Well drafted job descriptions should provide objective, quantifiable functions. For example, “the job requires the employee to move and lift packages” is subjective as to what a person might consider “too heavy to lift” and how often that is done. If the mail room attendant must move one small bag of mail per day, this can be done easily by someone with a weak back, but if the job requires “lifting mail bags, which weigh 20-80 lbs each, 75% of each shift scheduled” this should be stated, this specifically, in the essential functions of the job so that individuals with bad backs who cannot perform this arduous labor are on notice and cannot state that this requirement wasn’t “part of their job” when they sue you for wrongful termination. Remember to be open-minded about how the function is done so as to allow for differently-abled employees to accomplish the results of the tasks in different ways. For example, a mail room attendant who uses a wheelchair may be able to move mail bags using a cart or mechanized lifting device.

Job Descriptions Can Prevent Other Types of Disparate Impact and Disparate Treatment Claims
The job description should be a blueprint for hiring, performance review, and progressive discipline to demonstrate a company’s fair, consistent and objective standards for measuring an employee’s abilities. When hiring, for example, the interviewer will use the “job duties” set forth in the job description to avoid asking the “wrong questions.” Wrong questions demonstrate subjectivity, mirror image favoritism (i.e. hiring the applicant that reminds the interviewer of themselves), or questions about “protected categories” i.e. about religion, marital status, veteran status, etc. By simply sticking to the “script” of job duties’ questions set forth in the job description, the interviewer will avoid a claim of discriminatory hiring practices. For example, instead of asking an applicant if their planning on having more children, as casual conversations often flow, the interviewer will ask, “How will you approach the task of designing a course catalog for our company?” The same holds true for how managers can approach performance reviews, promotions and progressive discipline. That is, they can use the job duties and responsibilities set forth in the job description to demonstrate that the employee met, exceeded or failed to meet the expectations of the job. This will help defeat a claim from the employee that he or she was treated “unfairly” or targeted by their manager in the process.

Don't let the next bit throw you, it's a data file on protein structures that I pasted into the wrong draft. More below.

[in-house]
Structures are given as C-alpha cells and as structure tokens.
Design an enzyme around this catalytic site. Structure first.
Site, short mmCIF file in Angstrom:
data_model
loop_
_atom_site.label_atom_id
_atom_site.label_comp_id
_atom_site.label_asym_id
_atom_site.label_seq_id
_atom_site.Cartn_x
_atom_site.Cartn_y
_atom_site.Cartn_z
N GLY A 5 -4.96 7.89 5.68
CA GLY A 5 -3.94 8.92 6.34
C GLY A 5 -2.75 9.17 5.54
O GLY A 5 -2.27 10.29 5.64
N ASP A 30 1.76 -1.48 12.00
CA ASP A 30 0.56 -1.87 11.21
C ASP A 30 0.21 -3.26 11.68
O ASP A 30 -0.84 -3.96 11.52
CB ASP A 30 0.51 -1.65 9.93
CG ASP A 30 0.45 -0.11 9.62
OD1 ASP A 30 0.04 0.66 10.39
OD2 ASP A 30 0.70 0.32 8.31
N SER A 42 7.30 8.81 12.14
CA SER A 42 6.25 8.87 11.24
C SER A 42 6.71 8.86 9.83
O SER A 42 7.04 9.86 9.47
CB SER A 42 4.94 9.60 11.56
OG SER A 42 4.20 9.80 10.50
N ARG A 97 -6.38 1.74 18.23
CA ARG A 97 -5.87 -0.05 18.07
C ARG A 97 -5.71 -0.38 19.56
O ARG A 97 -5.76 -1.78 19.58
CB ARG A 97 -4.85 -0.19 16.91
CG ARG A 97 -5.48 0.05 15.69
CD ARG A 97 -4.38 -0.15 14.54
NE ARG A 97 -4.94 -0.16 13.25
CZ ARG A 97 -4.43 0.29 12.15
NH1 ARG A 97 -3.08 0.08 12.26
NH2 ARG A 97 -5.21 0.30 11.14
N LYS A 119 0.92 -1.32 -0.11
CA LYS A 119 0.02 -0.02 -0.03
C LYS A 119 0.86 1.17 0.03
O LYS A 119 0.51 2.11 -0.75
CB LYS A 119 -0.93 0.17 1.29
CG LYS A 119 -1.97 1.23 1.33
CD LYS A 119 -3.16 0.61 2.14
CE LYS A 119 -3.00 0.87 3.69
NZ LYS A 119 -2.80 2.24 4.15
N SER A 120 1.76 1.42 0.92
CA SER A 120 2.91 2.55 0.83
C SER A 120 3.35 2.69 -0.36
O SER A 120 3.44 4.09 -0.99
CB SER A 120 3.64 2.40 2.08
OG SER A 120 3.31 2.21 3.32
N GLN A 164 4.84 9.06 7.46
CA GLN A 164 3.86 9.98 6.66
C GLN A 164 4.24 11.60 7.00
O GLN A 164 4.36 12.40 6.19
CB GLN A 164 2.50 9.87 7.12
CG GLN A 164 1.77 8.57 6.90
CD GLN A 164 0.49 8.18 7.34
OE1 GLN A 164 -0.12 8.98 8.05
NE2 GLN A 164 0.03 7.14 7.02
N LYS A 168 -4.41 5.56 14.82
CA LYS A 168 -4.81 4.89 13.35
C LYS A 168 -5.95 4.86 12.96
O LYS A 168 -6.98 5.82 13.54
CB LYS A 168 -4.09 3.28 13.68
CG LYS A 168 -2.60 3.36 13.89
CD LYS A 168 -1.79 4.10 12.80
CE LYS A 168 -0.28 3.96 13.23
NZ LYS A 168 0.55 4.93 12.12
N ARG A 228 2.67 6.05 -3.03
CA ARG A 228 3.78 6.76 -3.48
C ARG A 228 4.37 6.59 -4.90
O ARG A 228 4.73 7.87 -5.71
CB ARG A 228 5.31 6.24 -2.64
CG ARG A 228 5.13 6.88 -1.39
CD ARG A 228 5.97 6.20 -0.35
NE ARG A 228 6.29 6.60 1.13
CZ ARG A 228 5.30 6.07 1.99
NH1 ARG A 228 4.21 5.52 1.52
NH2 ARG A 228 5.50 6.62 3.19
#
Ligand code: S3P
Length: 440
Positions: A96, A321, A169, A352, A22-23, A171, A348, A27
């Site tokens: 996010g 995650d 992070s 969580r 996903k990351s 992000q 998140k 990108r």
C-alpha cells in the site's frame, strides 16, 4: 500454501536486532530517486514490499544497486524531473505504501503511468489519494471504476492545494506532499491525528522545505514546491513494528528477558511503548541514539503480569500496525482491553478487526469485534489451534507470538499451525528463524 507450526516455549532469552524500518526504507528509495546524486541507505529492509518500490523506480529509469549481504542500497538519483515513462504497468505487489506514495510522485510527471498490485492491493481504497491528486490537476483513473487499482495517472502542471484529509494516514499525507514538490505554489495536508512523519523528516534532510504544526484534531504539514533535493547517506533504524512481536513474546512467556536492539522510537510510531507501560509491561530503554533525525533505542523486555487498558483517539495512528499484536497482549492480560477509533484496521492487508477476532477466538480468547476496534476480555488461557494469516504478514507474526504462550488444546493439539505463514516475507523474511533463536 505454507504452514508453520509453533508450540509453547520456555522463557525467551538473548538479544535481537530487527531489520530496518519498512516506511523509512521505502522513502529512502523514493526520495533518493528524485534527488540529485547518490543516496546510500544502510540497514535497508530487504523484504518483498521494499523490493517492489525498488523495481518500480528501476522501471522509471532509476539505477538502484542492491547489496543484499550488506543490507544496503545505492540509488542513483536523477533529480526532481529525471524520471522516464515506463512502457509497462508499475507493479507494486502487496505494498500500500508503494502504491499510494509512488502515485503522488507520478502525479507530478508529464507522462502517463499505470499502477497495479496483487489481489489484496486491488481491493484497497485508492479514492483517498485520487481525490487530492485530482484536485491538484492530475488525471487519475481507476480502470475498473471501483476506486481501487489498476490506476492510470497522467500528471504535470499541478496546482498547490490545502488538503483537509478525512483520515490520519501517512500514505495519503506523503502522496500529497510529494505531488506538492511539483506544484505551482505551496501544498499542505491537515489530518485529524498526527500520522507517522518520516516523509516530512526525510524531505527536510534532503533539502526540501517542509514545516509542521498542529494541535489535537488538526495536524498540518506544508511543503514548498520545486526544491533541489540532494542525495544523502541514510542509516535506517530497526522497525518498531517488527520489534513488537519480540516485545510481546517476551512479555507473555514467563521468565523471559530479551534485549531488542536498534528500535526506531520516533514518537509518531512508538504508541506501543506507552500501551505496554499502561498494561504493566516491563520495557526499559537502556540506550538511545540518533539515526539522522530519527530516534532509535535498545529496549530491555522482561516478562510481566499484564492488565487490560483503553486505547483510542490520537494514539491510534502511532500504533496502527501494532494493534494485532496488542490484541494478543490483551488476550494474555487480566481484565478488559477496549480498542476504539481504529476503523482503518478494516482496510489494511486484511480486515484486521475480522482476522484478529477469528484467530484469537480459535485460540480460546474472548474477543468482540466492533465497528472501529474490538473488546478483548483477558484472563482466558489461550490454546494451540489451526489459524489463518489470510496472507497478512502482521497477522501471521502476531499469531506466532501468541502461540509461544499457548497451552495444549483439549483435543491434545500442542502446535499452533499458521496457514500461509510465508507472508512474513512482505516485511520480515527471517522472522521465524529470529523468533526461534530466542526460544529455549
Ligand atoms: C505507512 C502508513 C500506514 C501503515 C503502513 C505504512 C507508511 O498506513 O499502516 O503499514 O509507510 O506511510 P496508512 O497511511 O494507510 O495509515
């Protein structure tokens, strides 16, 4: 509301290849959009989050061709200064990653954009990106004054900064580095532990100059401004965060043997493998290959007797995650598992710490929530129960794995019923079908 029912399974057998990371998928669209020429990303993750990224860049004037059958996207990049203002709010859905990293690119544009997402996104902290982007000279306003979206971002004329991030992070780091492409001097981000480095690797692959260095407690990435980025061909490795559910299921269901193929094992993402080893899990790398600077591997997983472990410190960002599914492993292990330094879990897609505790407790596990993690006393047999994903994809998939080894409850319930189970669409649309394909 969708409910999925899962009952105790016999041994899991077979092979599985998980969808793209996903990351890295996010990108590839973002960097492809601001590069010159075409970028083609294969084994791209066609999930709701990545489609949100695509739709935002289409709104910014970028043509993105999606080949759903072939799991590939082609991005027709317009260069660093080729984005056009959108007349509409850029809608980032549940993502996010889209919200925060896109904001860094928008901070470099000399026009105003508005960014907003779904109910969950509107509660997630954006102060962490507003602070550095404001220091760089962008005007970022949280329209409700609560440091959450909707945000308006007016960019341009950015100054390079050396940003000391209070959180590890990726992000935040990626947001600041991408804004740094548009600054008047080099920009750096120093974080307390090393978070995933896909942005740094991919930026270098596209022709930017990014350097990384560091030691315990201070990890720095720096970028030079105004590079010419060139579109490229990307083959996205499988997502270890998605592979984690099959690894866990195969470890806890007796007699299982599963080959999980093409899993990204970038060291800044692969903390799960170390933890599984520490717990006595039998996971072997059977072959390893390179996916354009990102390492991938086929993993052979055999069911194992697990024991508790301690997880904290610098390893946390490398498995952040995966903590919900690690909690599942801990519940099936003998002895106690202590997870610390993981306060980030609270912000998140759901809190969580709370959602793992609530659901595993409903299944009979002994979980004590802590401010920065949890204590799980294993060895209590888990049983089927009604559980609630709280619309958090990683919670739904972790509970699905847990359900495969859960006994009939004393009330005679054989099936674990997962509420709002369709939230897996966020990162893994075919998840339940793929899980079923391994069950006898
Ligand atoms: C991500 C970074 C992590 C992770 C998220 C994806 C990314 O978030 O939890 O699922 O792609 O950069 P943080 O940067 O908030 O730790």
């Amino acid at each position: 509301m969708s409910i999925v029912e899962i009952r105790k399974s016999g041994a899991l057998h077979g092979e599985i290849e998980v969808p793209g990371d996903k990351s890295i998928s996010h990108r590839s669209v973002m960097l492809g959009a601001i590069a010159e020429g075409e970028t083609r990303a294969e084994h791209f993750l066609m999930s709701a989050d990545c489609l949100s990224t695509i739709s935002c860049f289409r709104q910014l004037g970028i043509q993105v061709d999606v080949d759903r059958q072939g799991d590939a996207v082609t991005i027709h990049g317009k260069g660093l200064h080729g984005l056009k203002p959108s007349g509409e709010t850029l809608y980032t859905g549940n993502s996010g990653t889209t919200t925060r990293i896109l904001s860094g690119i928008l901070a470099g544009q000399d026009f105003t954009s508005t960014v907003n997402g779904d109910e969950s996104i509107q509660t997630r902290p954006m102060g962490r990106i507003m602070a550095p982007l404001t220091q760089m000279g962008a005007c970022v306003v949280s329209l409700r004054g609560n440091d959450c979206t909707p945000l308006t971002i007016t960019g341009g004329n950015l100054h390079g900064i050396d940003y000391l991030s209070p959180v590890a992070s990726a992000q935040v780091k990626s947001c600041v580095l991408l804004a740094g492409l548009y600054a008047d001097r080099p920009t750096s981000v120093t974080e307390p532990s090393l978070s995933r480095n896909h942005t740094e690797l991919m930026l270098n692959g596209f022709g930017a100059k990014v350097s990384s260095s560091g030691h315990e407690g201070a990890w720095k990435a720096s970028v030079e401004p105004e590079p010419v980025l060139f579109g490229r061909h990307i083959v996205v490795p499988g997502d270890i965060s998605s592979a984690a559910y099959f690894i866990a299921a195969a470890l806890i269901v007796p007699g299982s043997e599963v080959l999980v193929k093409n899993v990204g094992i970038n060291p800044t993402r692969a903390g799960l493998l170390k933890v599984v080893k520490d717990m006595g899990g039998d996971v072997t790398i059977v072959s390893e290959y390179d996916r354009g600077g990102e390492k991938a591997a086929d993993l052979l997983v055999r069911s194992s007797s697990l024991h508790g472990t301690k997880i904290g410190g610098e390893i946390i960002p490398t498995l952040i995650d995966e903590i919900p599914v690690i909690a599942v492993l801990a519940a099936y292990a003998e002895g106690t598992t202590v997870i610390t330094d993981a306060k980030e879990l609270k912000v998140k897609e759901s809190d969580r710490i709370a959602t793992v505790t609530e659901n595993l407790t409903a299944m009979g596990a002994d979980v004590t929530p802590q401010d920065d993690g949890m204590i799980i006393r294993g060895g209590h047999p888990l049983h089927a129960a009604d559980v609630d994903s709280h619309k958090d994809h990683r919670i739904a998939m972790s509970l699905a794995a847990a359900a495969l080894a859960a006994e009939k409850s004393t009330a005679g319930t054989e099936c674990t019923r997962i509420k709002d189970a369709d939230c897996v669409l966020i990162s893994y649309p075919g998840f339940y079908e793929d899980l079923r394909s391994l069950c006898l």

Of course, the job description should not contain duties or functions that are designed to exclude groups of individuals. That is, requiring that a “Social Media Manager” be “youthful or energetic” is asking for an age discrimination claim because it is based on a stereotype and will most likely exclude or discourage older applicants.

Job Descriptions Can Prevent Wage & Hour Claims